It seemed apt, that we should remember him in this way. Not sadly or solemnly but with a ‘BANG.’ The bench let me feel there was a place I could go when I needed him to feel close again.
A place to visit and think back on all the happy memories we had, as the sky is set alight with loud colorful jubilation. Instead of visiting him in a cemetery surrounded by death- I got to sit watching the ocean and the hustle and bustle of the Lane and Lighthouse Field.
Remembering my Godfather the way he had lived, amidst the things he loved. In a magical place.
When I got older and I could drive down by myself would sit alone on that bench trying to recall color back into my now faded memories of a man I love very much. Trying to keep him alive in my heart but finding with each passing year the details escape me more and more. I could no longer remember the sound of his voice or way he smell when I hugged him.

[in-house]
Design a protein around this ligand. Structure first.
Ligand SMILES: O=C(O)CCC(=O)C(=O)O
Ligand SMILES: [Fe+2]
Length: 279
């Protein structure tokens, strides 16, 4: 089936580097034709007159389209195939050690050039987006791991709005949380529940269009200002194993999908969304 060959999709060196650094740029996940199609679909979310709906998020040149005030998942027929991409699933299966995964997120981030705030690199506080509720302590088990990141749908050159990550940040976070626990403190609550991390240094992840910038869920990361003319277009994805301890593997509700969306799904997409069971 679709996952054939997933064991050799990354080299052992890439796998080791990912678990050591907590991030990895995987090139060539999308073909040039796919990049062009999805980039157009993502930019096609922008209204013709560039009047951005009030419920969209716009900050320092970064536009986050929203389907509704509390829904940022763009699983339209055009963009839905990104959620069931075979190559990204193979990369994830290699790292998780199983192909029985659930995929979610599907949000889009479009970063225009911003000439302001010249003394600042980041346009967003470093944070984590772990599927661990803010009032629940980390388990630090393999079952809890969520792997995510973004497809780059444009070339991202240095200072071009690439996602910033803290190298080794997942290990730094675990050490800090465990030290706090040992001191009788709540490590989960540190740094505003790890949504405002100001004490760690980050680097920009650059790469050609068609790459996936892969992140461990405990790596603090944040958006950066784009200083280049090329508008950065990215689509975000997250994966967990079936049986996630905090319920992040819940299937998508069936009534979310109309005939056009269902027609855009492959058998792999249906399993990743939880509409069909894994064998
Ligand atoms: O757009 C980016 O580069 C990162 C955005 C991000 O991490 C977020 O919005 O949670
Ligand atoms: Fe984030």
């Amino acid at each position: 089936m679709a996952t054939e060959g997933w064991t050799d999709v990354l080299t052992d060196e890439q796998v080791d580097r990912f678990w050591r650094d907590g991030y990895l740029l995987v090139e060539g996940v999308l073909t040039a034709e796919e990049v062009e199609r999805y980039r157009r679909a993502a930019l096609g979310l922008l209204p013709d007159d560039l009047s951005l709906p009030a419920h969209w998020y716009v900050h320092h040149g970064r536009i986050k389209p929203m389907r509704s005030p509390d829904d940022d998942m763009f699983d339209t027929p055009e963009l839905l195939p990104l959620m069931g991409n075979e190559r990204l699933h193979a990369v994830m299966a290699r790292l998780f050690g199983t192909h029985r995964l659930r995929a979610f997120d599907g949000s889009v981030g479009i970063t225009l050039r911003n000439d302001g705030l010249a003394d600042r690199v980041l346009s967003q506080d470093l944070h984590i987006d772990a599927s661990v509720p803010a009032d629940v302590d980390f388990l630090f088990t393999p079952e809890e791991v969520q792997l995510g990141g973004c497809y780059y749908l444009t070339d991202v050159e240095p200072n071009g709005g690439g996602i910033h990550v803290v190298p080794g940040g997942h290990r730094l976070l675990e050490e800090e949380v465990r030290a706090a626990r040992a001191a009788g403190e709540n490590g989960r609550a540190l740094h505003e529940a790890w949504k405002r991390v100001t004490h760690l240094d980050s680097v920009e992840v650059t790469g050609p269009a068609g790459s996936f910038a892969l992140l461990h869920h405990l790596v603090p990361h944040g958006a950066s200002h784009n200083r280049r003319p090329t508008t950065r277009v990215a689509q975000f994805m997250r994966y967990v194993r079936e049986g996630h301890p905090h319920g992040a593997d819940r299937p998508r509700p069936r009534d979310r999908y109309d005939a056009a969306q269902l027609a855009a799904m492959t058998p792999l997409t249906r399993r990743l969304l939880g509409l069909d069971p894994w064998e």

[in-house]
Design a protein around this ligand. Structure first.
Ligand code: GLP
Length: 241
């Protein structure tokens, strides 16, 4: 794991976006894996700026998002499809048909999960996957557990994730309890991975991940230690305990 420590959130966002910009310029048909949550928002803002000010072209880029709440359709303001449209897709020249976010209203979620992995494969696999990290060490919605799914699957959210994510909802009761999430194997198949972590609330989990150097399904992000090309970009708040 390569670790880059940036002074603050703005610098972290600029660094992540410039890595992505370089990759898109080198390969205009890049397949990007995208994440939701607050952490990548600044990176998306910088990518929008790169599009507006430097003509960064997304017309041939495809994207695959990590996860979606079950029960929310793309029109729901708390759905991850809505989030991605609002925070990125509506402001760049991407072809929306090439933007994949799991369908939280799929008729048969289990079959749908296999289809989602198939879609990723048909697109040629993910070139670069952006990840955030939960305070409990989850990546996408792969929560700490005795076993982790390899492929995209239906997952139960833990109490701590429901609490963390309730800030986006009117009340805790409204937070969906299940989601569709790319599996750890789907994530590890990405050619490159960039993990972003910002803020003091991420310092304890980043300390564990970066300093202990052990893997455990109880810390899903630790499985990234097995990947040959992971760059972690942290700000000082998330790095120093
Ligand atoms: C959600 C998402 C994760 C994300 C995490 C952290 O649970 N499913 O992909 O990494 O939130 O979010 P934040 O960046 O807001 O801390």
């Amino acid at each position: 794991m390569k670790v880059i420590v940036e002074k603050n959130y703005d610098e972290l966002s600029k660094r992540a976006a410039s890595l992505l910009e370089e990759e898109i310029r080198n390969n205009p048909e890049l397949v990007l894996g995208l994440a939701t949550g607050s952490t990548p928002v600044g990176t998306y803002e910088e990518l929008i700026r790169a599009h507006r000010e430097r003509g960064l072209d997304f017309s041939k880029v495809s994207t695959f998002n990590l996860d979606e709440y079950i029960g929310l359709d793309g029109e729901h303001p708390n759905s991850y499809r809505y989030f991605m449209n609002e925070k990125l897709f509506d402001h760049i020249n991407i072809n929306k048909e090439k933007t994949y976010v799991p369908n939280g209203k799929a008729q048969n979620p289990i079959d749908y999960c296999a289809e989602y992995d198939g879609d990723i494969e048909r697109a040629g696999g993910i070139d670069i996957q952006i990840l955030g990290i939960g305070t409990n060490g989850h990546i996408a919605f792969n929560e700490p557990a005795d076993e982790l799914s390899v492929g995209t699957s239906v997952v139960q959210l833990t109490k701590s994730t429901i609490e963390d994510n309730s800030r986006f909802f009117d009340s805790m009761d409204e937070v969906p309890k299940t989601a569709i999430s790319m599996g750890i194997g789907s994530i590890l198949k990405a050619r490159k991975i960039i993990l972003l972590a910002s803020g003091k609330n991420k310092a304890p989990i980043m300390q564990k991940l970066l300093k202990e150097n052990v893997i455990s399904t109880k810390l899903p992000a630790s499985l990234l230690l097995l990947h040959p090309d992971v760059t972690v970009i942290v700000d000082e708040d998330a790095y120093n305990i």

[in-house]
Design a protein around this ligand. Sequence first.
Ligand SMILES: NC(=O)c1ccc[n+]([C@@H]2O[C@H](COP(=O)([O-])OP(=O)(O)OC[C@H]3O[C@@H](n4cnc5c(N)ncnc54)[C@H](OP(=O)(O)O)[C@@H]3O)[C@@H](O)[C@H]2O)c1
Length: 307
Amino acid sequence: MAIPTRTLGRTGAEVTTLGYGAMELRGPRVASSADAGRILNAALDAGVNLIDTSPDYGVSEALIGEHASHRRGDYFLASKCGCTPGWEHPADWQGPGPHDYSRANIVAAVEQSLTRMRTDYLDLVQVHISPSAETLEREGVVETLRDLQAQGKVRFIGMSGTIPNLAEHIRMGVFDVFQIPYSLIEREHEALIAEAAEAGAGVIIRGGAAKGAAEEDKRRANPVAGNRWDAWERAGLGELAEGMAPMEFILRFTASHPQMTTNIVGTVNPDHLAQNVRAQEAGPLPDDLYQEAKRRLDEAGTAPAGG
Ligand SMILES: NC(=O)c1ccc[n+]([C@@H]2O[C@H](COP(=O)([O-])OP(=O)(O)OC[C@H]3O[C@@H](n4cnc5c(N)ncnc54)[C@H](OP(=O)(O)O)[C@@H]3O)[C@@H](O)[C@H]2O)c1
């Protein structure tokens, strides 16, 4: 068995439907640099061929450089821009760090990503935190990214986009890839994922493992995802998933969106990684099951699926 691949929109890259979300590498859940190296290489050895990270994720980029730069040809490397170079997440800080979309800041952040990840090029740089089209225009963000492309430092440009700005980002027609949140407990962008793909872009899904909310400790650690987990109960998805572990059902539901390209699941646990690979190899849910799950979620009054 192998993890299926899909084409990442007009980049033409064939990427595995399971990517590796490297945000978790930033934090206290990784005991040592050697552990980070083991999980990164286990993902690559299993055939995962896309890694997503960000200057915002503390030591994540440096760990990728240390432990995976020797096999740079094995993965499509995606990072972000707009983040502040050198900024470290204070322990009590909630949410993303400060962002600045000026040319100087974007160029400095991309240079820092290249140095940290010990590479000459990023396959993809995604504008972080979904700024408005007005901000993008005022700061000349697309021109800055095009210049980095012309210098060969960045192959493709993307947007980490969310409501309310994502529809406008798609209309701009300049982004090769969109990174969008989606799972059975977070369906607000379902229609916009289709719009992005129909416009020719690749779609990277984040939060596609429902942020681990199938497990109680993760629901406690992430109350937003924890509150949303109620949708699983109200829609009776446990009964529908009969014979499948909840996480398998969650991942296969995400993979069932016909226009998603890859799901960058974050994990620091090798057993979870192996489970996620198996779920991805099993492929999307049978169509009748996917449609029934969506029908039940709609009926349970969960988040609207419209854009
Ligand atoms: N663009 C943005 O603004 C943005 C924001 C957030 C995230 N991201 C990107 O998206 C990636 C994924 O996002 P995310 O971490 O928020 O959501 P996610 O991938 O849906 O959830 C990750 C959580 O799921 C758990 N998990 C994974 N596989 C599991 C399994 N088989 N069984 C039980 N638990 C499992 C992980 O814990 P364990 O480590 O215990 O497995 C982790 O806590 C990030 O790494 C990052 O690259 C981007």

The only clear memory I had was of that last day, the smell of garlic and a second in time when I can still see him through the screen waving goodbye to me, forever.
What I did find was that it was not the details that mattered, in the end I am left with the certain knowledge that a good man loved me very much. Even though he did not have a chance to watch me grow up, he was always there.
He was there because I kept him there, in my heart and mind.
Often when I sit on his bench and run my fingers along the now worn lettering of his name I don’t feel alone. Even when no one in this world is sitting next to me, the spot seems filled. Yet another place I belong where there is always a space saved for me.